North Carolina Should Adopt California Fur Ban

Fur protesters at a rally in San Francisco

Fur protesters at a rally in San Francisco
Although many of us East-Coasters like to make jokes about the “Left Coast”, and its liberal tree huggers, the fact is that California is a forward-thinking trendsetter when it comes to taking a stand on social and environmental issues. In the past 20 years alone, the Golden State was the first to oppose federal restrictions on stem cell research, the first to pass a restrictive law on greenhouse gas emissions, the first State to mandate prescription drug discounts, and the first to de-criminalize the recreational use of marijuana. Earlier this fall, Governor Gavin Newsom pushed through legislation that will allow college athletes to be compensated for the use of their name and image, a move which prompted the NCAA to follow suit. And last month, California became the first state in the nation to ban the sale of animal fur products.

According to CNN, the bill, which goes into effect on January 1, 2023, will make it illegal to sell, donate, or manufacture new fur products, and that will apply to “all new clothing, handbags, shoes, and other items made with fur.” In addition to signing the fur bill (#AB44), Newsom also signed into law several other bills designed to prevent animal cruelty. Those laws will include a ban on the use of elephants and tigers by any circus that does business in the state. It also protects horses from slaughter, and bans the trapping and killing of bobcats. However, depending upon your point of view, the recent legislation isn’t exactly comprehensive. For example, according to the Associated Press, the new laws do not apply to “products used for religious or tribal purposes…and they exclude the sale of leather, cowhides, deer, sheep and goat skin, and anything preserved by taxidermy.” Despite those perplexing loopholes, the new protections are a welcome sight to those of us who abhor mistreatment of animals.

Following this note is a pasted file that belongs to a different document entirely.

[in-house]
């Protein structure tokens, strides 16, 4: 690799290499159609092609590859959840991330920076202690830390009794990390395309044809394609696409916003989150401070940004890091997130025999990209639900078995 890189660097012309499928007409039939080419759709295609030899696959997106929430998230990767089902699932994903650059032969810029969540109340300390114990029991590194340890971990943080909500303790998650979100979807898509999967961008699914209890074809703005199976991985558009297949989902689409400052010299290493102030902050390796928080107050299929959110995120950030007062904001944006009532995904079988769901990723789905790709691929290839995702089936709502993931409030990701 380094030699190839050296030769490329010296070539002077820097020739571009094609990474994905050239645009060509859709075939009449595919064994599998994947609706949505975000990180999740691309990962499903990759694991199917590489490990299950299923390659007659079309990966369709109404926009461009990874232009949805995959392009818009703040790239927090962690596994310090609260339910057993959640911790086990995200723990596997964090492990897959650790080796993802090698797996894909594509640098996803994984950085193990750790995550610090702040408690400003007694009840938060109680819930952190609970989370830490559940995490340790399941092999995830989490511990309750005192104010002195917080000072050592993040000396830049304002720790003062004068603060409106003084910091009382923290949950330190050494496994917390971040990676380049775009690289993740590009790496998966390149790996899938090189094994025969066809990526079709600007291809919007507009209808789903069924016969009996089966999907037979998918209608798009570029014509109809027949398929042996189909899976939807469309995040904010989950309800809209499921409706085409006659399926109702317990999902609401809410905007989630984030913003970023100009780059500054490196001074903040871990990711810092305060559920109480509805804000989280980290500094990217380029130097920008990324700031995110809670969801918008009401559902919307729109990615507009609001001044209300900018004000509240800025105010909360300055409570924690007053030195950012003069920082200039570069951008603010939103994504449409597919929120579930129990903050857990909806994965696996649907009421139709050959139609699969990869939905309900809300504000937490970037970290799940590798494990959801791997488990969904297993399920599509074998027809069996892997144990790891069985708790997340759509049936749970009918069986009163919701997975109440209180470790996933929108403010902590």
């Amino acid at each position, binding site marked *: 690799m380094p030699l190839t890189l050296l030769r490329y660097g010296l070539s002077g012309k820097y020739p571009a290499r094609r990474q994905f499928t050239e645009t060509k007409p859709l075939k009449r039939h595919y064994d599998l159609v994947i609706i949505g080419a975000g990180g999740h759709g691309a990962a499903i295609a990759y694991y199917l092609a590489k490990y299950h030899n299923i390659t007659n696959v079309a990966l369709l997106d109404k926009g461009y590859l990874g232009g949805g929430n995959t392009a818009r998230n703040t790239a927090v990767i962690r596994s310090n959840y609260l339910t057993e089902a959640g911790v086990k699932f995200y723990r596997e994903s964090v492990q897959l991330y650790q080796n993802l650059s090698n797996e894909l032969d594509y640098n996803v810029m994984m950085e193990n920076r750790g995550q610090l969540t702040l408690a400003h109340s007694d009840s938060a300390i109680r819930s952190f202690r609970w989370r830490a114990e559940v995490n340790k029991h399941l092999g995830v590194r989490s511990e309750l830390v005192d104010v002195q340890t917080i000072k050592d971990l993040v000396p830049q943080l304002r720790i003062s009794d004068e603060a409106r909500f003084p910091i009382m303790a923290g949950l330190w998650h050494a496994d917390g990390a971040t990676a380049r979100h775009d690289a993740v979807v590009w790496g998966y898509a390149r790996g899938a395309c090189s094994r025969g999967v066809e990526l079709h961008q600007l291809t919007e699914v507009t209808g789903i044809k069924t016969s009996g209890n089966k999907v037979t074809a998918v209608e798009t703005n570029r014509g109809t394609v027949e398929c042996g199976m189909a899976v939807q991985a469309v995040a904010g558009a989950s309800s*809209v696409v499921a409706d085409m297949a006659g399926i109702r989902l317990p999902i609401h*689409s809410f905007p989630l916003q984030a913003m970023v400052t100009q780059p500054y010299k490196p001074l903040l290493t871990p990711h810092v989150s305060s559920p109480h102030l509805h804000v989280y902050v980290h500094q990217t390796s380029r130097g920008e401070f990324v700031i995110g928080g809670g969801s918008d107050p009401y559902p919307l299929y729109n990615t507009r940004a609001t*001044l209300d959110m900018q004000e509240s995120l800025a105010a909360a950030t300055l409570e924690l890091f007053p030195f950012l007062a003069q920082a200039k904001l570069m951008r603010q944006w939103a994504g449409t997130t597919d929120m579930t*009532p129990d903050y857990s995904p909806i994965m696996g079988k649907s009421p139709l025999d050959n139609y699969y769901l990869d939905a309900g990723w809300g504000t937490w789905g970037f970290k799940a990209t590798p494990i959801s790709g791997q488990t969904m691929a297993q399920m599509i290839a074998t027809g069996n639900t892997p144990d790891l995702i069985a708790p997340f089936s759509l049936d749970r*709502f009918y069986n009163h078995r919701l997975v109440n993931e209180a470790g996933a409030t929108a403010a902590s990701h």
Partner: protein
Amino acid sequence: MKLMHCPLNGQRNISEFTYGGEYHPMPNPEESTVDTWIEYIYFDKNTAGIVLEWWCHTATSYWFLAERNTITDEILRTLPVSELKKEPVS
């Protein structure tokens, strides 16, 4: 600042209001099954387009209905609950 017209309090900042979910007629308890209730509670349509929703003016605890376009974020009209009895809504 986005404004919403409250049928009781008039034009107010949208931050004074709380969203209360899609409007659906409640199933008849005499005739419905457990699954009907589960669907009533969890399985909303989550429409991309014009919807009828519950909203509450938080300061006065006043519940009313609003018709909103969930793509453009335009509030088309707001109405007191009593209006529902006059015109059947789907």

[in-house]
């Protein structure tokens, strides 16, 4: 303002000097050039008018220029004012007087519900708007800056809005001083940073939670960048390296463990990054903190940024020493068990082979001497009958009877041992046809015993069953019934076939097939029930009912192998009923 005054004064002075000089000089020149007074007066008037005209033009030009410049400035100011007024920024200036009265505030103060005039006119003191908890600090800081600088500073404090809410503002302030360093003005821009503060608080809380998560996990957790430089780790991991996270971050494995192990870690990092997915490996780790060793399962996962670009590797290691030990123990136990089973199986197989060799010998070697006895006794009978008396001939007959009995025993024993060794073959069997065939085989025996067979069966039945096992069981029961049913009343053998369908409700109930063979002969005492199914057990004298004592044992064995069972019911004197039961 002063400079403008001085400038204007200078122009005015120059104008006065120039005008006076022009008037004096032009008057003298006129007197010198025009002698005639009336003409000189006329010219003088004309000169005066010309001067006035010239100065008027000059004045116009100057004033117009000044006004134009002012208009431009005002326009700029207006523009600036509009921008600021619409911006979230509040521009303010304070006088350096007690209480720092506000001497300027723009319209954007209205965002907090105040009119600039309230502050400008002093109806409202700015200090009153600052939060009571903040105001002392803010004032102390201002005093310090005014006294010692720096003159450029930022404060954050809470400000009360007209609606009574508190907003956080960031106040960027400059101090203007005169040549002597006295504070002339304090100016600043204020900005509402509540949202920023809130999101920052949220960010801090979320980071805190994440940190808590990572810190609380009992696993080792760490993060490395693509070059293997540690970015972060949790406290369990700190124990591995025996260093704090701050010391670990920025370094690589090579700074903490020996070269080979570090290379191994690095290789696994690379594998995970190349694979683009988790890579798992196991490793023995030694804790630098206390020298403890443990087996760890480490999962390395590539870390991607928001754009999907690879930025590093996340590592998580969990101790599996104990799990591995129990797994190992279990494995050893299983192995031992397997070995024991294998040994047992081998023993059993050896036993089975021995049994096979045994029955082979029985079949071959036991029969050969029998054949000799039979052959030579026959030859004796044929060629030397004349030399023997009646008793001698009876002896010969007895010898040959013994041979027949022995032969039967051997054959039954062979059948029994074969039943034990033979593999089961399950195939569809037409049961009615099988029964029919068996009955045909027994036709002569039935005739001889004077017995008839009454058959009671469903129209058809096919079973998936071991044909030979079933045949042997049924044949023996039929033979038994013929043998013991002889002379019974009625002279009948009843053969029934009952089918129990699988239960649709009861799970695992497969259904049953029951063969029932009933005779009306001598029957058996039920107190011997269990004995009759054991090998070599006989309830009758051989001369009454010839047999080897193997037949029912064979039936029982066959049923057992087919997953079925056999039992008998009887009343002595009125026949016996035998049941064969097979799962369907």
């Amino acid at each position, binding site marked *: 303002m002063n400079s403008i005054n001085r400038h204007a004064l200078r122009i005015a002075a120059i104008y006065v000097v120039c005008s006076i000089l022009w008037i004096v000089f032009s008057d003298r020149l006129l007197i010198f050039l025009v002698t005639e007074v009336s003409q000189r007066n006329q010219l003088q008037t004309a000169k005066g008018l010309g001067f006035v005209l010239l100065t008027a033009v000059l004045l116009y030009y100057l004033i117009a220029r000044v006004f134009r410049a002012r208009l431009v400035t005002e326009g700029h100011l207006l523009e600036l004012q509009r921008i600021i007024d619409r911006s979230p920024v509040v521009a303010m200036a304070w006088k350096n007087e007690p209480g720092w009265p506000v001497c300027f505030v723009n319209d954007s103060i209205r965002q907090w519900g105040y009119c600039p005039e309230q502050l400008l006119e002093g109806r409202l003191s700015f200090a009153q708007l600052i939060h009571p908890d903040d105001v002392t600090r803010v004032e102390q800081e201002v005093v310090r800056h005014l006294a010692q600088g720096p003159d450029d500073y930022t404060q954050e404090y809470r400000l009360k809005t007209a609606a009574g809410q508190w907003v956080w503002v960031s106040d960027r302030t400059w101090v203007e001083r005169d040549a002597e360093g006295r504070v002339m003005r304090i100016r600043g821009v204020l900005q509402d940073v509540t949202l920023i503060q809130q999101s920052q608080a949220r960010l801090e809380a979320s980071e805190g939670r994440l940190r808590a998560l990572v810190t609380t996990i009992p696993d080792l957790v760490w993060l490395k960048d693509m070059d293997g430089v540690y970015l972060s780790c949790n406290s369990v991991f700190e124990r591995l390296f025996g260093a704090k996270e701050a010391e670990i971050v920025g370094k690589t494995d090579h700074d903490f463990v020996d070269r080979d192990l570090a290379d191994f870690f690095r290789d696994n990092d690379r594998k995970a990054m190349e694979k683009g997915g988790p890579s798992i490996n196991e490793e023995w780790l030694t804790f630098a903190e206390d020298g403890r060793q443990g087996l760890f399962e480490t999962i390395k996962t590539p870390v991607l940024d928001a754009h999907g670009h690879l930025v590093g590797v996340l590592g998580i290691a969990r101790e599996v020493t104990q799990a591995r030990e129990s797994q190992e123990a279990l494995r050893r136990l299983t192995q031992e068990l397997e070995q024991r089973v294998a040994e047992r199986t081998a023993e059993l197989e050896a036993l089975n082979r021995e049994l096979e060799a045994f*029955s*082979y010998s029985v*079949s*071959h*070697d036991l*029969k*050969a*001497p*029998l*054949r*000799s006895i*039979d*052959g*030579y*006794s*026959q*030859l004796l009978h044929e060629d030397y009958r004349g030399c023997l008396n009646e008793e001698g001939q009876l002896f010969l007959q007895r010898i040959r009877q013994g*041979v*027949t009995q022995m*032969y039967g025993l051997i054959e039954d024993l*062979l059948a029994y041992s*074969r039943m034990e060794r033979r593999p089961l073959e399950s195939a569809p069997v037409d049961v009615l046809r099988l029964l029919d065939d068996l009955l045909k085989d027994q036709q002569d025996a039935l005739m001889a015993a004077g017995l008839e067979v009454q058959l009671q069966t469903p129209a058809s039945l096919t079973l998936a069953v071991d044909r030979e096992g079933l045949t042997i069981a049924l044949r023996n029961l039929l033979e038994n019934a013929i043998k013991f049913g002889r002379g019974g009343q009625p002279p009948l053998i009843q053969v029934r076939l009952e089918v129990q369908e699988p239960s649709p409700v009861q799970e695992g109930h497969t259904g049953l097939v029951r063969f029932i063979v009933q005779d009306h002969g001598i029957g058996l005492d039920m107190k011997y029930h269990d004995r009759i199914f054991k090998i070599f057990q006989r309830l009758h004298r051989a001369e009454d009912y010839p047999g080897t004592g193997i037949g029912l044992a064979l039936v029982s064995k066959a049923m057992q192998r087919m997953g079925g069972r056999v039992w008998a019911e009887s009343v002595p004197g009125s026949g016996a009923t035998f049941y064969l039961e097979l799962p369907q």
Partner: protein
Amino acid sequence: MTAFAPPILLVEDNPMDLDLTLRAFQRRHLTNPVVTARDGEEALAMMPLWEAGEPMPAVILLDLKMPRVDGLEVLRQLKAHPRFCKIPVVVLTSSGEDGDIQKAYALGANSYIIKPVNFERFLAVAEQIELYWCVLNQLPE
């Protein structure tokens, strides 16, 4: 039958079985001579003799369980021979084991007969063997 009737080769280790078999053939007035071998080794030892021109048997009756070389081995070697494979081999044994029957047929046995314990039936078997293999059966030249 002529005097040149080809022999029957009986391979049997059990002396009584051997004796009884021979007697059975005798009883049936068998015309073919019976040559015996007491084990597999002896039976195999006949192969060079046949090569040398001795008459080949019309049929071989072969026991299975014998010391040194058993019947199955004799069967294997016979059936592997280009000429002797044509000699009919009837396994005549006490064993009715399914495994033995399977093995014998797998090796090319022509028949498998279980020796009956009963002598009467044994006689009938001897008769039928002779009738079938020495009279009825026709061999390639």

Not surprisingly, companies that make products from animals, are furious. According to the Fur Information Council, the retail fur industry brought in $1.5 billion dollars in sales in 2014. FIC spokesperson Keith Kaplan told the Associated Press, “The ban is part of a radical vegan agenda using fur as the first step to other bans on what we wear and eat.” In contrast, a number of design houses including Versace, Gucci, and Giorgio Armani, are fine with the new laws, and according to Recordnet.com, say they have either already stopped, or plan to stop using fur. And in somewhat of a surprise move, even Queen Elizabeth got into the spirit of things, coincidentally announcing last week that she will no longer wear fur.

Obviously people disagree about what should and shouldn’t be banned, but we cannot ignore the disturbing facts. According to the Humane Society of the United States, every year, over 40 million animals are killed for fur worldwide, 30 million of which are raised on fur farms, then slaughtered. The other 10 million are trapped and killed in the wild. However, a group called Last Chance for Animals puts the numbers even higher. According to their website, more than one billion animals are killed for their pelts each year. So kudos to Governor Newsom and the California legislature for recognizing a wrong, and then righting it. I just wish our North Carolina lawmakers would follow California’s example. After all, Berger and company should at least be more concerned with protecting animals than they are with protecting gerrymandered districts.

 
 

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